“I have been in the field with the rebels, and I was present at the taking of the garrisoned church at Old Cavite, June 7th, where three hundred insurgents captured a superior force of Spaniards after an eight days’ bombardment. The rebels are competent, courageous fighters. They have captured the entire provinces of Cavite and Bataan, and parts of the provinces of Pampagna, Bulucan, and Manila.

Having brought our tourist friends safely back to Manila, we must now leave them there and strike out by ourselves if we are to see other provinces. La Laguna lies just east of Manila. Of it we learn that: "Laguna Province was so overrun by bands of robbers that the head of the pueblo of San Pablo ordered the people to concentrate in the town to avoid their attacks." Bataan

As long as our flag flies over this Capitol, Americans will honor the soldiers, sailors, and marines who fought our first battles of this war against overwhelming odds the heroes, living and dead, of Wake and Bataan and Guadalcanal, of the Java Sea and Midway and the North Atlantic convoys. Their unconquerable spirit will live forever.

Hardly had I set foot in the Naval Headquarters at Cavite, at 4 o'clock in the afternoon, than I availed myself of the opportunity to give these faithful adherents orders similar to those despatched to Bataan and Zambales. I was engaged the whole of that night with my companions drawing up orders and circulars for the above mentioned purpose.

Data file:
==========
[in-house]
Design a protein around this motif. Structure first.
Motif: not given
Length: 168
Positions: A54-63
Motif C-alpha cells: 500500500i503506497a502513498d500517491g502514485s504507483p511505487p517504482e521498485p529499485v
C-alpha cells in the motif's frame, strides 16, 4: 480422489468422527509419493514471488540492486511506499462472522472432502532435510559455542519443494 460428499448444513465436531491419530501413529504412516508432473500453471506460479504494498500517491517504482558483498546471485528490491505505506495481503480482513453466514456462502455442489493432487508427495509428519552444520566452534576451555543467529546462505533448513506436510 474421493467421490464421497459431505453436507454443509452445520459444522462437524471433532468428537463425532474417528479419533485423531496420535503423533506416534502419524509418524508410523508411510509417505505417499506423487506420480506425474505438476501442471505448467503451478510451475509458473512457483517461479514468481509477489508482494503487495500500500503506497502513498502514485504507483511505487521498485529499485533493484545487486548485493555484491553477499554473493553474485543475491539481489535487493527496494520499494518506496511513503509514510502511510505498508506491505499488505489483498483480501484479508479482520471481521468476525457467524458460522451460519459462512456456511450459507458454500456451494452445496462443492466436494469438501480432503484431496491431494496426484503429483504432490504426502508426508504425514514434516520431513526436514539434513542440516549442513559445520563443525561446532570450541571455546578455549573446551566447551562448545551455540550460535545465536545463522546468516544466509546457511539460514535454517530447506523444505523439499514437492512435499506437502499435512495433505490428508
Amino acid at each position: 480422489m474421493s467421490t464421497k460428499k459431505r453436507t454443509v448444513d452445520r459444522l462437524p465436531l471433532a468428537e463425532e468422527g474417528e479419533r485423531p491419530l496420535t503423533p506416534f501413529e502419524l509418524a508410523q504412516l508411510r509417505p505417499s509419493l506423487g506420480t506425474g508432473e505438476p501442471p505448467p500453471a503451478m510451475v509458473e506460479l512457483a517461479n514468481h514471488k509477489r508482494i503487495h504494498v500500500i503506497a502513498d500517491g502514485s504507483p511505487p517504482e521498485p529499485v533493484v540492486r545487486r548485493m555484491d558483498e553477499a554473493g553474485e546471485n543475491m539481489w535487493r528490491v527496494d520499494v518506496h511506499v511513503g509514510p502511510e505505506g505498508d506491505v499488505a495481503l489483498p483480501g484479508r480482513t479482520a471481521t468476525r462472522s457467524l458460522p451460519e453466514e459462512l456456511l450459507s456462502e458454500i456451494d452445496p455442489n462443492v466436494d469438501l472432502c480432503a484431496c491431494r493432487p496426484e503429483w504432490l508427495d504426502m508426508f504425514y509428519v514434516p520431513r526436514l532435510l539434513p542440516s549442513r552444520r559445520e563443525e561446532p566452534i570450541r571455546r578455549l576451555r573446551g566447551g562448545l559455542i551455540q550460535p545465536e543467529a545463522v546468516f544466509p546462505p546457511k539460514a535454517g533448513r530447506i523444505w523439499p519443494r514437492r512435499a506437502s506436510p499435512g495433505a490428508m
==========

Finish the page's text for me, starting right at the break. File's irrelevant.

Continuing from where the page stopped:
The said Revolution now rules in the Provinces of Cavite, Batangas, Mindoro, Tayabas, Laguna, Morong, Bulacan, Bataan, Pampanga, Neuva-Ecija, Tarlac, Pangasinan, Union, Infanta, and Zambales, and it holds besieged the capital of Manila.

From other communications we learn that the soldiers at Alaminos were about to desert on November 30th, 1898; that it was deemed necessary to restrict travel between Tarlac, Pampanga, Bataan and Zambales in order to prevent robberies; and that on January 9, 1899, the governor of the province found it impossible to continue the inspection of a number of towns, as many of their officials had fled to escape the abuses of the military.

On that date he formally proclaimed it. The provinces of Cavite, Bataan, Pampanga, Batangas, Bulacan, Laguna and Morong were about to fall into his hands, the Spanish troops in them being besieged, and about to surrender. From the same place on June 18, 1898, Aguinaldo promulgated his decree for the creation and administration of municipalities.

The province of Bataan lies just across the bay from Manila. "On January 10, 1899, the secretary of the interior directed the governor of Bataan Province to ascertain the whereabouts of a number of men who had just deserted with their rifles from the commands there.

But this whole nation pays tribute to the Filipino and American officers and men who held out so long on Bataan Peninsula, to those grim and gallant fighters who still hold Corregidor, where the flag flies, and to the forces that are still striking effectively at the enemy on Mindanao and other islands.

Having said thus much, I shall proceed to such further details as are more immediately connected with the present chapter. The archbishopric of Manila comprehends the provinces of Tondo, Bulacan, Pampanga, Bataan, Cavite, Laguna de Bay, Zambales, Batangas, and the Island of Mindoro.